In choosing to follow the Savior, we will be ridiculed by the world, we will be hated by the world, and we will be ignored. But if we focus on our connection with God, and following the guidance from His chosen prophets, we will find safety in this world. The teachings of our prophets – both ancient and modern – are inspired by God, and are literally a road map back to our Heavenly Father. Of course there is safety and blessings in following their counsel! When I follow the teachings of the prophets, I feel the Holy Ghost tell me that I made the right choice. He will do the same for you.
So what does overcoming the world accomplish? According to Elder Andersen, “greater peace in this life and a greater assurance of your eternal destiny.” What a blessing to have greater peace in this life! The scriptures expand on what that eternal destiny is. When we overcome the world we will be clothed in white in the eternities, our names will remain in the book of life, and Jesus will acknowledge us before our Father. (Revelation 3:5) When we overcome the world we will have a part in the first resurrection. (D&C 76:64) When we overcome the world we will gain eternal life. (Revelation 2) When we overcome the world we will live with God. (Revelation 3:12)
Trying to overcome the world may seem daunting at first, but I testify that if we follow the advice that Elder Andersen has given us, we will succeed. When we love Jesus Christ, accept our accountability to God, become selfless, and look to our prophets, we will have the strength and ability to overcome the world.
“Stop talking! Just be quiet for a minute!” I yelled from the front seat of the car. “The next one to talk gets to walk the rest of the way.” This empty threat came from pure desperation. I just couldn’t handle another moment of bickering, whining and fault-finding from my children. Our family trip was suppose to bring us together, not tear us apart. Yet there we were, living in our own version of self-induced torture because my children couldn’t stop arguing!
Weeks before, as our family prepared for our trip, my husband and I painted our children a picture of all the wonderful things they would see, learn and experience. We took special care to pack treats, games, books and movies to keep them entertained and peaceful while traveling. We wanted them to have a unique experience that bonded our family and created treasured memories for the years ahead. But in spite of the many plans and preparations, we found ourselves battling over issues such as… “Her knees keep touching mine!” “She won’t stop humming.” And… my favorite… “I can’t stand listening to her breathe.” They had obviously forgotten the bigger picture.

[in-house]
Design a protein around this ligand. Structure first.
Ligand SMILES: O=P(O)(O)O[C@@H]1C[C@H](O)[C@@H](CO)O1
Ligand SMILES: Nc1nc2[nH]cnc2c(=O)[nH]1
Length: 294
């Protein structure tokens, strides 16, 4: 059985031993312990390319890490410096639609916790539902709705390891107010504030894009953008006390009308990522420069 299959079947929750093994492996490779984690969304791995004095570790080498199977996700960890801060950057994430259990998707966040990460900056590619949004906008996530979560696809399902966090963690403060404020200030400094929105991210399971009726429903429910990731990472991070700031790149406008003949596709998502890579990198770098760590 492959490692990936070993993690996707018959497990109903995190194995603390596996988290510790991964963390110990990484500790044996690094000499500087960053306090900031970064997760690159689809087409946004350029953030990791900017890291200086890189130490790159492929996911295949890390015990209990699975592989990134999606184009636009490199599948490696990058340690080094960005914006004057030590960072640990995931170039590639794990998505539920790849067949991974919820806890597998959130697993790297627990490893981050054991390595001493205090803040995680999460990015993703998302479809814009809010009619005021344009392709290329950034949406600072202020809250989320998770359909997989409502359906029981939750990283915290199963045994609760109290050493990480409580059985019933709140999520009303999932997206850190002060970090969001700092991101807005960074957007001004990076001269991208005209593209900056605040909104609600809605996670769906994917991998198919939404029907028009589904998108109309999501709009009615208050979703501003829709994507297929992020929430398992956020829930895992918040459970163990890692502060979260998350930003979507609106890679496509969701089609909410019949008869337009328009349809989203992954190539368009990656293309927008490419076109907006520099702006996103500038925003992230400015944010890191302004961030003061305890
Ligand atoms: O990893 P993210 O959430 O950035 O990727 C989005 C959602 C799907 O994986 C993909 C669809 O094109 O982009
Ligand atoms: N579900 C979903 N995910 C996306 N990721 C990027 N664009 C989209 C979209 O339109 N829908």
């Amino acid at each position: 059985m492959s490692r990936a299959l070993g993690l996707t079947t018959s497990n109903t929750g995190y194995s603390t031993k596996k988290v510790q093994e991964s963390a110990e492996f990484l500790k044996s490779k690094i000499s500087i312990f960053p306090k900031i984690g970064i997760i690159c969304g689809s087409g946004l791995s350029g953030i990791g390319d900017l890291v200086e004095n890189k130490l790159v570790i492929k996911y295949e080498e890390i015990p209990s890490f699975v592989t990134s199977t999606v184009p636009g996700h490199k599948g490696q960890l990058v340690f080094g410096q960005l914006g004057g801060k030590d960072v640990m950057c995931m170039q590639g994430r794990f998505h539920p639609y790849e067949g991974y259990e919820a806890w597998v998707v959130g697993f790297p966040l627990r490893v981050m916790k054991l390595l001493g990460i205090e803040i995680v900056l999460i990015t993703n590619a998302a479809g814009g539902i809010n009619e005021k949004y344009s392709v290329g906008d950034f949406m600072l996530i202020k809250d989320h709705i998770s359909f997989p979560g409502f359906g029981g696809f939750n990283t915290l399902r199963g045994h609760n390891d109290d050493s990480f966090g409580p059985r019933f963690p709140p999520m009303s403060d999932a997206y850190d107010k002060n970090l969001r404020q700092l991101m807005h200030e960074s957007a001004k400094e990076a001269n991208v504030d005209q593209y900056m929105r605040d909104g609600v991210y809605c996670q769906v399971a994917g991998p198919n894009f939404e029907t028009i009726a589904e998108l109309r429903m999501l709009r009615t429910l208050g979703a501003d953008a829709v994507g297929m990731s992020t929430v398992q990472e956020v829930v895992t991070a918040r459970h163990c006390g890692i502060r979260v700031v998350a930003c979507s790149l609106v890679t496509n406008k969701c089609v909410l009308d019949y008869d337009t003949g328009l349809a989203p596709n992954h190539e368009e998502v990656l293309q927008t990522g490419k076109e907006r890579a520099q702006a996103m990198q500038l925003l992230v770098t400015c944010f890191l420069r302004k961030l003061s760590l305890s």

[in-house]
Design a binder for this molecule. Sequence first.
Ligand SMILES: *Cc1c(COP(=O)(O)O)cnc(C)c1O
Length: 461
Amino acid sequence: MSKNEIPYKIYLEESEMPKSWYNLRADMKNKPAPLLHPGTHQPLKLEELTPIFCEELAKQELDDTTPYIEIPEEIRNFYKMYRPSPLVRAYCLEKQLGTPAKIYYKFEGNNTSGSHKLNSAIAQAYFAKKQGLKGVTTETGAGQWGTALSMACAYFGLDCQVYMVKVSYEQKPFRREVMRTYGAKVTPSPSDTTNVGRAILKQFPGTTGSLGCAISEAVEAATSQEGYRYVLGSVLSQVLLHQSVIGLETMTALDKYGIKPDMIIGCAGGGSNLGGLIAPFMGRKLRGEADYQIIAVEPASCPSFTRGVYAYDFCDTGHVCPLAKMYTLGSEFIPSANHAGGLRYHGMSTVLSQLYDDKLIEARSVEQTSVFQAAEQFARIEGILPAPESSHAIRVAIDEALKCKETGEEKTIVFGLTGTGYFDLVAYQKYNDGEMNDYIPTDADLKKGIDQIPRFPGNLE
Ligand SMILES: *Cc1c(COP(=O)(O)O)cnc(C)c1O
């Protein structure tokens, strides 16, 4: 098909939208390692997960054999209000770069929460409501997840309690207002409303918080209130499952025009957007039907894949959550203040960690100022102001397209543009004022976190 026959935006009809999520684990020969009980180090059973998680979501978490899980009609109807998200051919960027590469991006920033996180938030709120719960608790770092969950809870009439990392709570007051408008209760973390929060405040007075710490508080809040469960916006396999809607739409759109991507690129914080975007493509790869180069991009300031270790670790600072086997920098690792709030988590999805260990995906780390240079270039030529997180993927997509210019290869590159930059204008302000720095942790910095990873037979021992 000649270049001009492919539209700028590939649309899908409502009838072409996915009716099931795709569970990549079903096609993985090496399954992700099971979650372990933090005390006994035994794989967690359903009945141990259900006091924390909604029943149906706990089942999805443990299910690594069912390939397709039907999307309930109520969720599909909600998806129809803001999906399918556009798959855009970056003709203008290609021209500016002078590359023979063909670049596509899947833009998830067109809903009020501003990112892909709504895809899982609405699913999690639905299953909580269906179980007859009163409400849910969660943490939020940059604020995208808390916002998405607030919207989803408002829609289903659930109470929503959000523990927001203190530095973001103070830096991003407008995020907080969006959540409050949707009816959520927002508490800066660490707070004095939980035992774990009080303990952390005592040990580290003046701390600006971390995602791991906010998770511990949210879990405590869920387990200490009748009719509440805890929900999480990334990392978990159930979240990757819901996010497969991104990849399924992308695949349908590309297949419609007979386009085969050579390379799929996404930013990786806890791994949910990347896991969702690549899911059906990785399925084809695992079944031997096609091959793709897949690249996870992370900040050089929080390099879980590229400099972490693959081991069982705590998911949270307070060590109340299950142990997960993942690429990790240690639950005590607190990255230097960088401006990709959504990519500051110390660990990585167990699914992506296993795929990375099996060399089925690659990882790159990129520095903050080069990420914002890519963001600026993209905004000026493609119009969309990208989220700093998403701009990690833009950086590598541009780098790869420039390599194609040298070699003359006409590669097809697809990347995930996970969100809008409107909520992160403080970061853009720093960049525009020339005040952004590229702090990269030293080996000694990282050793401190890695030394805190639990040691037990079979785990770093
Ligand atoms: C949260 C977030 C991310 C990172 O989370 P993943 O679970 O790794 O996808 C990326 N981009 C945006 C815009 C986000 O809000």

Why do my kids do this? Why are they so quick to find fault with each other at one moment and then be best friends at another? Why can’t they perceive the bigger picture that I can see? Why is it so hard to use their family journey to strengthen and serve each other?
Will they ever grow out of it?
The answer is, yes! They will grow out of it as they mature enough to put those little things like knees touching, humming and breathing in perspective.
Perspective. Isn’t that what love and understanding are all about? When we see our world as our Savior sees it, we can take hold of a deeper truth that allows us to better assess, or judge what we are experiencing in ourselves and others. The old idiom, “the devil is in the details” is quite true. When we focus on the small details instead of perceiving the big picture, we become like siblings on a road trip… finding faults and taking offense… just for the fun of it.
How do we learn to perceive the Savior’s perspective in order to judge ourselves and others in a righteous manner? Elder Ronald A. Rasband taught:
“Remember the Lord’s promise: “I will impart unto you of my Spirit, which shall enlighten your mind, which shall fill your soul with joy.” I love that assurance. Joy that fills our souls brings with it an eternal perspective in contrast to day-to-day living. That joy comes as peace amidst hardship or heartache. It provides comfort and courage, unfolds the truths of the gospel, and expands our love for the Lord and all God’s children. Although the need for such blessings is so great, in many ways the world has forgotten and forsaken them.“
As we head into General Conference weekend, members of The Church of Jesus Christ of Latter-day Saints will publicly sustain prophets and apostles. We’ll hear the names of each member of the First Presidency and Quorum of the Twelve apostles read. We’ll then have the sacred opportunity to both publicly raise our hand to show a sign of support and privately sustain them in our hearts. It’s one of my favorite moments of General Conference.